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Bowhunting Mountain Goat in British Columbia - a Semi-LIVE Bowhunt from Bowsite.com


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Day 13



High winds and rain pounded our little tent all night. Both Jack and I stayed in our sleeping bags all morning despite the fact that both of us had to pee badly. It was that crummy out! We would roll over and try to fall back asleep and when it sounded like it would let up, we'd unzip the tent's rain fly and peek out. At 11 AM both of us had enough of it and convinced ourselves that it was good enough to get out hunting. We dressed in our heaviest storm gear and buttoned up the camp as best we could.

At our lower elevation we could see about 500 yards. Not bad. But at the higher elevations the visibility sucked. We had about 50 yards on average - but that would change by the minute. This went on for hours as we hiked into the higher elevations. Why? I don't know. We are feeling some pressure - I guess. It is looking like this weather may really mess up this hunt.

Now I have been hunting a long time and coming home goatless was not going to bother me too much. It would bother me far more if my friend Kent was having similar difficulties but that worry was behind us. I was sure that while we were being roughed up by the weather, he was sipping a mocha in Lloyd's truck while hunting black bear - as dry and comfortable as you could get. Envious? Maybe a little as I stood there shivering.

It was now late afternoon and unless there was a goat within 80 yards of us there was no chance of seeing it. It was then that I started to question the logic of being up here. Sure, I could take the nasty weather. I have been confined to a tent (due to weather) more times than I care to think about. And while my creature comforts are a strong motivator, I also know that if the weather broke it was better to be here and not at the lodge. If this weather was going to stay this way for a few hours it made sense to tough it out. If not, it made no sense to stay. Jack called the lodge for the forecast.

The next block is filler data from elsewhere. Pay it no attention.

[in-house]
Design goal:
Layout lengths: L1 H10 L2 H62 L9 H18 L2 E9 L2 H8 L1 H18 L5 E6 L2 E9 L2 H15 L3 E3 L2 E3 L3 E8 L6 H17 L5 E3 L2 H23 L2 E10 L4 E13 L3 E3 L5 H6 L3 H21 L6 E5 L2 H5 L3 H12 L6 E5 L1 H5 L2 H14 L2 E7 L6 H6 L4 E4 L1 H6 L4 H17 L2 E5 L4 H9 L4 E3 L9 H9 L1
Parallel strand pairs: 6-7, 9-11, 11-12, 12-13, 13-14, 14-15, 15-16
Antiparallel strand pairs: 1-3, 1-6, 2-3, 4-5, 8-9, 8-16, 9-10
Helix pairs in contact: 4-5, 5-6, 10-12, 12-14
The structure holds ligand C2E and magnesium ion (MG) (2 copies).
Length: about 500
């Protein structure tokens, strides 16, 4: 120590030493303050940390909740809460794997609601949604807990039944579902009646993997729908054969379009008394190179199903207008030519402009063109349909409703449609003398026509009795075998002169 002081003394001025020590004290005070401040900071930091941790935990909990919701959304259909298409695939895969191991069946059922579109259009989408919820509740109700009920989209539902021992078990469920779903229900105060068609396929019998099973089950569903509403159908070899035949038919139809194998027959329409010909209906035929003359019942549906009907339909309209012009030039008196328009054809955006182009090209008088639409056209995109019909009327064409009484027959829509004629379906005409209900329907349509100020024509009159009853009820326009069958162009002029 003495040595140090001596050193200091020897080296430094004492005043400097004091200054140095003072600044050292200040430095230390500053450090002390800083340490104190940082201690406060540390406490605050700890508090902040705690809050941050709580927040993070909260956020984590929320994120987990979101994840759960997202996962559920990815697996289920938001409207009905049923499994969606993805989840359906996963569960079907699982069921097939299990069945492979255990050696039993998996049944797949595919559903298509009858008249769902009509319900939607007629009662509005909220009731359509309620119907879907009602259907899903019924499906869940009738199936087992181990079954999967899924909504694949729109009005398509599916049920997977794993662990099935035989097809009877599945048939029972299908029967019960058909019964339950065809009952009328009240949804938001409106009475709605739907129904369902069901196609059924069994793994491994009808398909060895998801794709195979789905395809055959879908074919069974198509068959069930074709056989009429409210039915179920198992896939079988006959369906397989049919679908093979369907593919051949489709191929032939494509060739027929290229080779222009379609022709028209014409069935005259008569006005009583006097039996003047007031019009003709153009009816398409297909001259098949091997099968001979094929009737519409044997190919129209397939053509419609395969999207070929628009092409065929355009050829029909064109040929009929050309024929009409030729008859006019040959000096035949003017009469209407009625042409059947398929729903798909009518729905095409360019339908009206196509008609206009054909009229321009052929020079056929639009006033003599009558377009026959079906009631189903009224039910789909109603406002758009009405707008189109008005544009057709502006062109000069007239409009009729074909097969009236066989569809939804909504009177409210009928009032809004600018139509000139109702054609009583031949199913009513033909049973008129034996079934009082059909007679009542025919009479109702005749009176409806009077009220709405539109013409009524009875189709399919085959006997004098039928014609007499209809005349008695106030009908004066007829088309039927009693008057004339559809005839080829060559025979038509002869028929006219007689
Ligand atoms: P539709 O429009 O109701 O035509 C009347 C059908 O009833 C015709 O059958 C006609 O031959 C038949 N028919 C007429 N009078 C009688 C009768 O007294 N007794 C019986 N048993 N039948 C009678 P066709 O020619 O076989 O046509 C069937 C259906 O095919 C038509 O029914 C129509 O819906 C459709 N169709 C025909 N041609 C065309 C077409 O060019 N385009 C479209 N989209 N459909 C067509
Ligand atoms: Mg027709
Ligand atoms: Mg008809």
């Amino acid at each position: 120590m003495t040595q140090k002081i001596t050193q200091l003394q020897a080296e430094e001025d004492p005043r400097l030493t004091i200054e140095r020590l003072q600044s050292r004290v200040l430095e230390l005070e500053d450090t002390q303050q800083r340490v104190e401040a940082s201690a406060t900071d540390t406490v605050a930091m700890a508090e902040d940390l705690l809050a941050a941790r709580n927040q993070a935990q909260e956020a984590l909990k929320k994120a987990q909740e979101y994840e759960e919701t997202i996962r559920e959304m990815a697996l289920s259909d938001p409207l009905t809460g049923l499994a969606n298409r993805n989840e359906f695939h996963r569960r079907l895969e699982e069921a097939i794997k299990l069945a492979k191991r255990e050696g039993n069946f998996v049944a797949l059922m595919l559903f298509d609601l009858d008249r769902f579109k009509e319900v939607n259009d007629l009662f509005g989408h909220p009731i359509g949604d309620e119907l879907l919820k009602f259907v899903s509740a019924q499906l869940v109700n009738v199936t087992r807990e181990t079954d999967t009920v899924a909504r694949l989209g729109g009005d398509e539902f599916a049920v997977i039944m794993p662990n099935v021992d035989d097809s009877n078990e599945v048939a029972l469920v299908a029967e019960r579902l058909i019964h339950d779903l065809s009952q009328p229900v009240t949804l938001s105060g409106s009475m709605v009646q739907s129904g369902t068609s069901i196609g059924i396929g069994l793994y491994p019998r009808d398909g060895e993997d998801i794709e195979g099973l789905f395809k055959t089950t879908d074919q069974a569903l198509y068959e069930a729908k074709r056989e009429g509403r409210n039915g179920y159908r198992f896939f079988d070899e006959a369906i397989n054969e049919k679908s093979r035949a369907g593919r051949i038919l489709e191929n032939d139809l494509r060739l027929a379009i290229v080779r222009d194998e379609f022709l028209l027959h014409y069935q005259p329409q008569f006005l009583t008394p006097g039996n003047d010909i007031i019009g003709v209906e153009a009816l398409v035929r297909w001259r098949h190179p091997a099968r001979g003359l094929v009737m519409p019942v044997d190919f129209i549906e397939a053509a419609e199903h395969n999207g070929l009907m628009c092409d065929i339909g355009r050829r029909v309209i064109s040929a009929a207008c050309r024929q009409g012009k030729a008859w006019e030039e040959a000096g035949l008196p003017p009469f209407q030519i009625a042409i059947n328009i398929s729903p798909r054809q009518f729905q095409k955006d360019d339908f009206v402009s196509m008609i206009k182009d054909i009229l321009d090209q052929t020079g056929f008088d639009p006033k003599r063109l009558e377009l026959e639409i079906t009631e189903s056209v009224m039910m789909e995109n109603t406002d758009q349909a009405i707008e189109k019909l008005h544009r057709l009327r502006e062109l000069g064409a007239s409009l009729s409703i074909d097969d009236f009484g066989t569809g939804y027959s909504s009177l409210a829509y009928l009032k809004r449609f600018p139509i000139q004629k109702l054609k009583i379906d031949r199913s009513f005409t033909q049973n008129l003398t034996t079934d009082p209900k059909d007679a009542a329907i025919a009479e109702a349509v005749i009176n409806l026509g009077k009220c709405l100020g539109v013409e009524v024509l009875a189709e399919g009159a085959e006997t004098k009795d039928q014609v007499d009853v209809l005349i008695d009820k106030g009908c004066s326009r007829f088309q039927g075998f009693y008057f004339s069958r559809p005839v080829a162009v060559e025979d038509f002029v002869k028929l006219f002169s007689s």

This is what it looked like when we reached the top of the mountain. We had zero visibility.


When the fog receded, the visibility improved slightly. This picture was taken during one of those occasions.

I could see him nodding. I saw the look on his face and knew what that meant. He turned off his radio and moved closer so I could hear him over the howling winds. Weather was bad and possibly getting worse for 2 more days. Then clearing only for the last 3 days. At that moment, it made no sense being here. We stood the risk of blowing our scent all over the mountain. Jack had a suggestion I liked very much; he told me we should leave the camp behind and that included my pack. He would carry my camera gear so we could move fast (both down, and back up the mountain when the weather cleared).

A few hours later I was back at the lodge and personally congratulating Kent. When I saw his goat horns I was blown away. That thing was unreal. I had never seen more mass on a goat. Impressive! Kent was now bear hunting and having a ball. My hunt was rough so far, but seeing how much fun he was having made up for it.

Not sure what we're going to do tomorrow, but we won't be goat hunting.





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Next - Day 9

Babine Outfitters and Guides - British Columbia
Our Goat hunt takes place in British Columbia with Babine Outfitters


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